The past year, the area north of Havre experienced an unusually high amount of hail, he said, adding that despite the hail he still was able to harvest a decent crop.

He said his winter wheat all had good test rates and had high protein, between 14 to 15 points, and spring wheat yield was fairly similar to winter wheat. He added that most of his spring wheat looks like it's going to be between 56 to 58 pounds and high protein.

Moisture for the winter wheat this year was difficult, taking additional time to get his crop dried down, he said. He added that his spring wheat was doing good with only 12 percent, but because of the recent moisture in the past week he had to hold off on harvesting for a few days to let the wheat dry out.

"We're pretty surprised that we had the yields that we did," he said.

This year, like many other farmers in his area, he was hit with an extreme drought, he said, until June 19, which boosted his crop.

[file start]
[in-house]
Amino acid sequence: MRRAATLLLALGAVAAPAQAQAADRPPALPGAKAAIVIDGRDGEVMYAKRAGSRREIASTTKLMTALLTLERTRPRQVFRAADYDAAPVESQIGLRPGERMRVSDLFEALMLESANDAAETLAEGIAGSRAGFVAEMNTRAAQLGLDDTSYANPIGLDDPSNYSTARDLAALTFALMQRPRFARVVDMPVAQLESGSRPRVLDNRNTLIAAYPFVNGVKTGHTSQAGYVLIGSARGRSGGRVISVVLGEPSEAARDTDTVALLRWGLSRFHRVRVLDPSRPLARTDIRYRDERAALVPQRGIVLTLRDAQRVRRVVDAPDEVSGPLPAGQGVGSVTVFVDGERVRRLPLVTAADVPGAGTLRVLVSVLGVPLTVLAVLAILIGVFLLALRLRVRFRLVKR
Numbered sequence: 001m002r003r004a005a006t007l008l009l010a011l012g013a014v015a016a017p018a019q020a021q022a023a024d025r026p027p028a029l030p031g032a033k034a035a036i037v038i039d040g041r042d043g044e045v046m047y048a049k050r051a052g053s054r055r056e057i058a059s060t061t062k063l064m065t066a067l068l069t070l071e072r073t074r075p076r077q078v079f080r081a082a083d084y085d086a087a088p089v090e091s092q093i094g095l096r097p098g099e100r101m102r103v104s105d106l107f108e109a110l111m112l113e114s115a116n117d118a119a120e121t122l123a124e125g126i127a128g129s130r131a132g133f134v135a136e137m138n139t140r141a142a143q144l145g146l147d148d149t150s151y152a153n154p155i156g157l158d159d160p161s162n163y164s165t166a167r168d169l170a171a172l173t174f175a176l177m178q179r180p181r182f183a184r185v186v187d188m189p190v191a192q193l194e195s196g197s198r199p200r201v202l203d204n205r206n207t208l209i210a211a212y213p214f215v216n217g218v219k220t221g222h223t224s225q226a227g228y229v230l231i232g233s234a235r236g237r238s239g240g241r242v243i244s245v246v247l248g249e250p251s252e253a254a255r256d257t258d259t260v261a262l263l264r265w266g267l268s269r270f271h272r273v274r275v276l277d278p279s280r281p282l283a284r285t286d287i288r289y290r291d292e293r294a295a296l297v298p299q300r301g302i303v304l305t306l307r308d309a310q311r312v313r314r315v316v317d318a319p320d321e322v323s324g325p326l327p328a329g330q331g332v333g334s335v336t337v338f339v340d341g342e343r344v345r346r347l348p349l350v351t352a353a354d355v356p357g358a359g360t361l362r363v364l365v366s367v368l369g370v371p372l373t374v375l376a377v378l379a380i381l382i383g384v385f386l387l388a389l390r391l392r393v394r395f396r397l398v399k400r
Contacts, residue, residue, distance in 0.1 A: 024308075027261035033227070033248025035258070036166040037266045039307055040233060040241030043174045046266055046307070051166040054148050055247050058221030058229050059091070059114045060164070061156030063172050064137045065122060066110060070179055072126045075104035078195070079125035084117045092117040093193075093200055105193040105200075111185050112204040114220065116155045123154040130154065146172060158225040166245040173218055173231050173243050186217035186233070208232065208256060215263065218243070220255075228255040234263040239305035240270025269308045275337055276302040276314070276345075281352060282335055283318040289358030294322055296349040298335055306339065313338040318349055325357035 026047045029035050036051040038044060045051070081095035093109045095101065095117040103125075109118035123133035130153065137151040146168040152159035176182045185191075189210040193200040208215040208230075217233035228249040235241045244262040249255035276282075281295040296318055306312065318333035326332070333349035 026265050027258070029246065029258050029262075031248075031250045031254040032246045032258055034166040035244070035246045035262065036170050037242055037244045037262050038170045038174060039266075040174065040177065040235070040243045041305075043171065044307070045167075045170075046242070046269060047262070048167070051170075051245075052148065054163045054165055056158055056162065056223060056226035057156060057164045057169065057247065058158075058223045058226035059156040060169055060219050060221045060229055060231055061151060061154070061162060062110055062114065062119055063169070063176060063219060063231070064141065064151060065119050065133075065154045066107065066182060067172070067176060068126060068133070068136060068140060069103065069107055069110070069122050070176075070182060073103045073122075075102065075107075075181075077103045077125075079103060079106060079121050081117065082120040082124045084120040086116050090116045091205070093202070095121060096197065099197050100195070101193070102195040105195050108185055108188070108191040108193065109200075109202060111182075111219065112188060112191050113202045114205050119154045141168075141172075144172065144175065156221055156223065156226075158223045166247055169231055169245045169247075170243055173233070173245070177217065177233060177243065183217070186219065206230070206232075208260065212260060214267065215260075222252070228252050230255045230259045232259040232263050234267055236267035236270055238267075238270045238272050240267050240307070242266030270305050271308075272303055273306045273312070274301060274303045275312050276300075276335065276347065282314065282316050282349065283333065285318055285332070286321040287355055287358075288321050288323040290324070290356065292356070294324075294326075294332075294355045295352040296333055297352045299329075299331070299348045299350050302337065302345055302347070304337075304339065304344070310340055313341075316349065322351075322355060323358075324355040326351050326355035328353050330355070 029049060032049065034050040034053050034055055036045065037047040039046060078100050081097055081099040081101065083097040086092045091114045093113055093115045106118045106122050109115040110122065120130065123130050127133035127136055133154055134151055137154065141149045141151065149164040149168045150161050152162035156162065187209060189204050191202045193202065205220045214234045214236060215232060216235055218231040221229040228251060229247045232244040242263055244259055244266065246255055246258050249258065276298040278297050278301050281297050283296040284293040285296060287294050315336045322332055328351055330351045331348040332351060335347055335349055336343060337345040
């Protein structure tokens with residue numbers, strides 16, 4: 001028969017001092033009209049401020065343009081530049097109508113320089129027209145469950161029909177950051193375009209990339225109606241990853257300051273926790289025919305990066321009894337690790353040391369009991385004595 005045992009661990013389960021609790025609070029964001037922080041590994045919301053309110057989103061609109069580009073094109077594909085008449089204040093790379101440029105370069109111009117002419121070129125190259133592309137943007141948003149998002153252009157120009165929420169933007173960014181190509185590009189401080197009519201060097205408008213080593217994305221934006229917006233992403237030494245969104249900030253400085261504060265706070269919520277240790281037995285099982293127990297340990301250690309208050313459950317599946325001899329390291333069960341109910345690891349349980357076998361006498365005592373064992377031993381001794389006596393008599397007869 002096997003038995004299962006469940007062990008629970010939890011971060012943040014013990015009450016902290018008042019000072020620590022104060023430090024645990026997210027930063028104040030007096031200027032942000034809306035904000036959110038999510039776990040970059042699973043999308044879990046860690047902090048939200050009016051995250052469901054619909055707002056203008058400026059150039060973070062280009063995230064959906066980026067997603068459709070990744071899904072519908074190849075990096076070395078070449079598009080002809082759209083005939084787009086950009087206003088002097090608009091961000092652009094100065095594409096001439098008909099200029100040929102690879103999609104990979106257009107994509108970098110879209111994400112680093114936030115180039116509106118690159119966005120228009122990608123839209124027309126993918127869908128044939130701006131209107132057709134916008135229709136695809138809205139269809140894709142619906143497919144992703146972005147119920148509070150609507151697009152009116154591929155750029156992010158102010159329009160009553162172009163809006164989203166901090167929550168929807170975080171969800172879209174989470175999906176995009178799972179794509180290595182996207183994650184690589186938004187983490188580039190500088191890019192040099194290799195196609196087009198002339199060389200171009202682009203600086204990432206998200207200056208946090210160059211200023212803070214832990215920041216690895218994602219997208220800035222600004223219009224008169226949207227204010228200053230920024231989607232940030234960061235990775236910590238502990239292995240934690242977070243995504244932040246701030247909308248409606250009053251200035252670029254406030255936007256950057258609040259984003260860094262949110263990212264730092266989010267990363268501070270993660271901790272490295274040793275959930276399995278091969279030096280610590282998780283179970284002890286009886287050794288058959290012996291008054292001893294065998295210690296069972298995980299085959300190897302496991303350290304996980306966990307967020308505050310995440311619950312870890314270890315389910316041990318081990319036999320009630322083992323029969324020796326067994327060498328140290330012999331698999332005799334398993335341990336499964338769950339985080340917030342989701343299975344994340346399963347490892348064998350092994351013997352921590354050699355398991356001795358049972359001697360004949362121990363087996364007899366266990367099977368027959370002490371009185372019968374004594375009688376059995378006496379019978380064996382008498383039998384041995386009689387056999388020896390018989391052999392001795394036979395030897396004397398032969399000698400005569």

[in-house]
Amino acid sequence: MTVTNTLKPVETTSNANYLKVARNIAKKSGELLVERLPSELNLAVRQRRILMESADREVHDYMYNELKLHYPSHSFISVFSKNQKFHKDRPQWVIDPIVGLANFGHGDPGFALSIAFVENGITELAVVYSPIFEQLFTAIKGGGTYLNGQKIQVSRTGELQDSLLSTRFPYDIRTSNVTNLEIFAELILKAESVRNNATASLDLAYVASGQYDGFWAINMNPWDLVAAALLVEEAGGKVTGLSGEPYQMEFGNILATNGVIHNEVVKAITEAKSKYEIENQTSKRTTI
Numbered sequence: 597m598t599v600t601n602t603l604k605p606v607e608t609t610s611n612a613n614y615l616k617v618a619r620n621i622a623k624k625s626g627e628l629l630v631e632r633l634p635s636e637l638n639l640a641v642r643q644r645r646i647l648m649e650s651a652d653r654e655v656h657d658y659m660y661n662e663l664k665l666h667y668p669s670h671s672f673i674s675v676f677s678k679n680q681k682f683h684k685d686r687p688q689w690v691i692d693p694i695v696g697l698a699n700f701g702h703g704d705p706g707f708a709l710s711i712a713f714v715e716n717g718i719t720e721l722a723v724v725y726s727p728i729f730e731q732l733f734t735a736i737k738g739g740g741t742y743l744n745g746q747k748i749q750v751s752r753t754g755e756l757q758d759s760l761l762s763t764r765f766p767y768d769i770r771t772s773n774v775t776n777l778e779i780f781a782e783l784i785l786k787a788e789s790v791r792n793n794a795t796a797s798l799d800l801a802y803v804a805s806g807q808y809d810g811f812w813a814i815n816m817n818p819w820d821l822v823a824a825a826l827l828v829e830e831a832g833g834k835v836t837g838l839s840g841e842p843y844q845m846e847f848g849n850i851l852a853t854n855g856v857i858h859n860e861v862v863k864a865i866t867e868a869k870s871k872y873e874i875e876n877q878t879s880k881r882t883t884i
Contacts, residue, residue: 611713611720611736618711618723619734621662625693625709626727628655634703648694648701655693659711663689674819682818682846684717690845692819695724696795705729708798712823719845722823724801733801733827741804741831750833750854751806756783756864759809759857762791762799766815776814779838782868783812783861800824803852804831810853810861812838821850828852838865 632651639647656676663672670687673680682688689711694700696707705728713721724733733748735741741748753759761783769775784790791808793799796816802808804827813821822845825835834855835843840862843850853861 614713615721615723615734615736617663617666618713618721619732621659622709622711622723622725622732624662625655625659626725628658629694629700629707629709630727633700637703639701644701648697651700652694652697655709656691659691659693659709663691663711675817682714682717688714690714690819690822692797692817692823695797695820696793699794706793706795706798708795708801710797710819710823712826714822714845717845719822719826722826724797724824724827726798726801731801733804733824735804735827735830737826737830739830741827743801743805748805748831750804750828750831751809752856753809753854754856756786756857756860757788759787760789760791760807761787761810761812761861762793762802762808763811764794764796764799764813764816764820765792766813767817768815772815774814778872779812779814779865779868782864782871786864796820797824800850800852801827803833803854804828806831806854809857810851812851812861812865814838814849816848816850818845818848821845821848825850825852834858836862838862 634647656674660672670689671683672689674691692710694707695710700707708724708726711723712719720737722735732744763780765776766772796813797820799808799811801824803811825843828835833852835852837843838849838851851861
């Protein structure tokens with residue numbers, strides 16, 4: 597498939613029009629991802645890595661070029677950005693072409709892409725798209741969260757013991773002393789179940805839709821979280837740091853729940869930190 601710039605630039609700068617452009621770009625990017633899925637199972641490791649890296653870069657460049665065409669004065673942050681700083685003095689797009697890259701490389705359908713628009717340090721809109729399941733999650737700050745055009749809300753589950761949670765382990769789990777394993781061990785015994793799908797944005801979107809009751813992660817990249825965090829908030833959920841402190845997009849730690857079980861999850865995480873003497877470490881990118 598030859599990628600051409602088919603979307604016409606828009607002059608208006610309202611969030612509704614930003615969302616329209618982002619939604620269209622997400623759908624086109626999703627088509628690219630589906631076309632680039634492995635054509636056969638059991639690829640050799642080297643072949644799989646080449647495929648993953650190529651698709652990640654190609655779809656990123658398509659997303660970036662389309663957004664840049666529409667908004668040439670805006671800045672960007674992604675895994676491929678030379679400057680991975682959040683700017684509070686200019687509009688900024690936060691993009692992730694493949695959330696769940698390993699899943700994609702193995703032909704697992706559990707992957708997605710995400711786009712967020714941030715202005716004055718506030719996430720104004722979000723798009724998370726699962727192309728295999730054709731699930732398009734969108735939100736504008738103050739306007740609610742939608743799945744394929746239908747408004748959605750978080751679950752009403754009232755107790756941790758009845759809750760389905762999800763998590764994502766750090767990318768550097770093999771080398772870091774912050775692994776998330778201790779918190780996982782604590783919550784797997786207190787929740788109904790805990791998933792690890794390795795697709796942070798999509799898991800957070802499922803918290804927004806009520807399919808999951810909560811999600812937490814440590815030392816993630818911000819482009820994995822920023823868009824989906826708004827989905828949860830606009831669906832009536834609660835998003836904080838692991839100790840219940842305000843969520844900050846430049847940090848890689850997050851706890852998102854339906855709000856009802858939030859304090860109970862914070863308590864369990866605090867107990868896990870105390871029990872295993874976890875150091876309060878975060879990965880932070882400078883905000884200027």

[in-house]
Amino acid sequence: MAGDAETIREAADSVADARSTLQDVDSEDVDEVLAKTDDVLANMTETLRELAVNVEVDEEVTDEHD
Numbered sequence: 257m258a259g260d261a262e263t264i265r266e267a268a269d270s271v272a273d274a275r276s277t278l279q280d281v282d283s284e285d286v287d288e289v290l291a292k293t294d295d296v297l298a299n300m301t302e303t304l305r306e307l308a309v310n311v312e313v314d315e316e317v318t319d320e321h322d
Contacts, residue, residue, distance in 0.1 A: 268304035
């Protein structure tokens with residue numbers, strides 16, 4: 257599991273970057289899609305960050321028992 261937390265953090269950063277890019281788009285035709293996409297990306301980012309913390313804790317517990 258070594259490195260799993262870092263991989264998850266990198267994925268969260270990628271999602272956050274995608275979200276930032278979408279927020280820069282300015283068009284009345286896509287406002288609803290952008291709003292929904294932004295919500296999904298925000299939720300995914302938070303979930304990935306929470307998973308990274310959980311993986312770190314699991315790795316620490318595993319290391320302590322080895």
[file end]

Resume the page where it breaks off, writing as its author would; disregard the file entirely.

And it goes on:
"We were extremely blessed in June that we had those three weeks of cool rainy weather just when the crops really needed it," he said.

He said it was an incredibly efficient use of moisture with the weather causing his green peas to flowering, his mustard flower and his wheat to come to a head.

Mustard is selling for 26 cents a pound, he added and currently he is getting about 23 to 50 pounds a bushel and about 1,100 pounds per acre.

Edwards said the harvest has been fairly uneven across the Golden Triangle, with some areas experiencing good weather and harvesting a good crop.

Moisture is an ongoing issue, with frequent light rain showers and shorter polished days, creating a frustrating situation for farmers, he said. Most farmers are still trying to harvest and even a light rain shower can take up to two or three days for the grain to dry out. He added that as far as harvest goes, it is really weighing on farmers" minds.